A Chain Reaction

15 Jul

For many, one of the strongest draws of a chain restaurant is the perceived consistence of quality. If you walk into a KFC in Arkansas, you expect your food to be made to the same standards as your KFC meal back home in New Jersey. Customers are happy to find familiar menus, familiar service and familiar tastes.

But how can you be so sure? Many chains are actually operated by franchisees rather than the master brand. Some companies regulate their franchisees’ practices rather strictly, from requiring that the franchisees purchase specific types of plastic spoons to ordaining the entire menu. But other companies give their franchisees some wiggle room. In fact, the famous Subway promotion of $5 Footlongs was created by a franchisee who simply needed to boost his weekend sales. $5 Footlongs are now a very successful chain-wide promotion… That never would have happened if the franchisees were only allowed to do Subway-approved marketing.

So in some cases, giving franchisees wiggle room can lead to improvements for the parent company. But what about when those franchisees slack and make the chain look bad? Enter the franchisee police! I recently read about private investigators who specialize in quality assurance for chain restaurants; in other words, they make sure that franchisees aren’t getting away with anything sketchy. They test Dunkin Donuts to make sure they’re the right recipe instead of a lower-cost alternative. They double check beef patties to make sure they’re the right weight. They stake out (!!!) franchisee locations to make sure the owners aren’t doing anything that’s off-brand.

It might sound extreme, but it actually makes a lot of sense. For starters, these folks are functioning as a sort of Loss Prevention. When you go to a clothing store, there’s always a LP guy to make sure no one walks out of the store with unpaid merchandise. But actually, a large percentage of loss at many retailers comes from the employees who either walk out with goods in hand or give friends unapproved discounts. In this case, the “restaurant security officers” are making sure that the franchisees don’t do anything that shortchanges the company financially, or customers in terms of quality. And second, it’s just plain good for the brand. No master company wants their brand threatened by a silly franchisee trying to cut corners or make a few cents. If a company like McDonald’s wants to promote a certain brand image, they need to be positive that their franchisees comply. And when a franchisee puts the wrong kind of sauce on a Big Mac, or uses different napkins, or changes the menu altogether- the brand is changed.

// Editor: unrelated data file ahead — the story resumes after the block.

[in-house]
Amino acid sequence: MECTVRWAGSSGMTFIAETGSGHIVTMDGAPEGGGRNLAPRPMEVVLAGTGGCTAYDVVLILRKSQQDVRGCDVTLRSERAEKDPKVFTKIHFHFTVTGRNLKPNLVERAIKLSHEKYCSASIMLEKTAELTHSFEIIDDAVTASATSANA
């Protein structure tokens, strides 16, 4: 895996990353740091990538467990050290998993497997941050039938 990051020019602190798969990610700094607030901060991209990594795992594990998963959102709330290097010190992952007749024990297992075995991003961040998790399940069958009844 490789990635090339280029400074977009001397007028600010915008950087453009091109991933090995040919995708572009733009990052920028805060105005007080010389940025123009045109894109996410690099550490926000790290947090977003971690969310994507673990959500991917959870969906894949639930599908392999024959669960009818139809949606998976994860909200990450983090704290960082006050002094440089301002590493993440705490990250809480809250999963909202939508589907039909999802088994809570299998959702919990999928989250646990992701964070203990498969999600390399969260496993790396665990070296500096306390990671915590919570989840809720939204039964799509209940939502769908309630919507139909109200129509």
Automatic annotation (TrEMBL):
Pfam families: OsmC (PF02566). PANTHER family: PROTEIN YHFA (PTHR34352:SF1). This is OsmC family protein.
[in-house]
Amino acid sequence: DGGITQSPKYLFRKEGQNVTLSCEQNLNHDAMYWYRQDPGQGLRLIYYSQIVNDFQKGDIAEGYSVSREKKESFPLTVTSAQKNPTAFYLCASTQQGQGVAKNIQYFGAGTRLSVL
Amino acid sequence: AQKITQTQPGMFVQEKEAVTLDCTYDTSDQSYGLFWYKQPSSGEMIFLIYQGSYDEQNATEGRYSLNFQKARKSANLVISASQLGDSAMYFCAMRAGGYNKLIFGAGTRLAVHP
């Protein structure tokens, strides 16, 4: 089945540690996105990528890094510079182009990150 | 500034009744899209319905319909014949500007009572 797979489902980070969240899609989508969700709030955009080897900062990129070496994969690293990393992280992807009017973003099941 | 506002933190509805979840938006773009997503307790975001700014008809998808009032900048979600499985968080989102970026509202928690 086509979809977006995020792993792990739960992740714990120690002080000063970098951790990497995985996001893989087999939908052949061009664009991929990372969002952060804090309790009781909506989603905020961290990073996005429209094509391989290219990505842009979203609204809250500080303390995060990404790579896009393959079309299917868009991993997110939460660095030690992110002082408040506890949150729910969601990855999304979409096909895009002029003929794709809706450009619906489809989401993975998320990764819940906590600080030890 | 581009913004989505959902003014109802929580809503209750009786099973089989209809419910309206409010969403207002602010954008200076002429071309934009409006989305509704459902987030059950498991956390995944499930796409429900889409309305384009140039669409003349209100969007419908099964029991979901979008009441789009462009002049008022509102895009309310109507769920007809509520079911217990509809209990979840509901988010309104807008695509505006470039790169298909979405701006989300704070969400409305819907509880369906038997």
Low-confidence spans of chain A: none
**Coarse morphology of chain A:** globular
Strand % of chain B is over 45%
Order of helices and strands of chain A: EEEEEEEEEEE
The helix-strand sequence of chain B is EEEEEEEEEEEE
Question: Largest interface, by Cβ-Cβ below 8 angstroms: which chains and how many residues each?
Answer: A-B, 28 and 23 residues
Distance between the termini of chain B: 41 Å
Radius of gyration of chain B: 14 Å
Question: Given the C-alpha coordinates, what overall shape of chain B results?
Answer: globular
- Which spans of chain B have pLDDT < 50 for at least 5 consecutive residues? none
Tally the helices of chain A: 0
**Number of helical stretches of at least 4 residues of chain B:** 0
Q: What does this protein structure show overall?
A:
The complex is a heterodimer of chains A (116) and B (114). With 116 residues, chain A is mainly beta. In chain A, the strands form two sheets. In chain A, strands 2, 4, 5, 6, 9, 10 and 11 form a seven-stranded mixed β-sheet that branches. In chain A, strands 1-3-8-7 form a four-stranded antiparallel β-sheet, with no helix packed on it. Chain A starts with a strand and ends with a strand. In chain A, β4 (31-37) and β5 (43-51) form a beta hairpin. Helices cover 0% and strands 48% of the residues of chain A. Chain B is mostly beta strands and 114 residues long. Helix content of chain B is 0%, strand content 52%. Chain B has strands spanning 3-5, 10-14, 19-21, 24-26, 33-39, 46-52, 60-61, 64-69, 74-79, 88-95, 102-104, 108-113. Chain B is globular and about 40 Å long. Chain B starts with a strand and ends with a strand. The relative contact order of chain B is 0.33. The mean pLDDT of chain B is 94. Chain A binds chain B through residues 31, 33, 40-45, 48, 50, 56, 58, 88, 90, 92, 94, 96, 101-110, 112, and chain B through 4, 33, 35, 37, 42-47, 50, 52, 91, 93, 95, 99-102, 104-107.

It’s funny to think about these guys sitting around forensic labs examining hamburgers. But I’m happy to hear they’re making sure I’m getting my money’s worth instead of substandard beef. And from a brand perspective, it makes complete sense to keep an eye on what their franchisees are doing. Now if only I could find a way to get a side gig as an ice cream “quality assurance” officer…


2 Responses to “A Chain Reaction”

  1. bdole July 15, 2012 at 3:37 PM #

    All true, except that you’re getting lots of consistency in a chain – even franchise-owned – but not getting improved quality.


    • Felicia July 16, 2012 at 8:16 AM #

      well yes, thus the comment about “perceived quality.” i’m definitely not claiming that chains are the best place to go if you’re looking for a premium experience.


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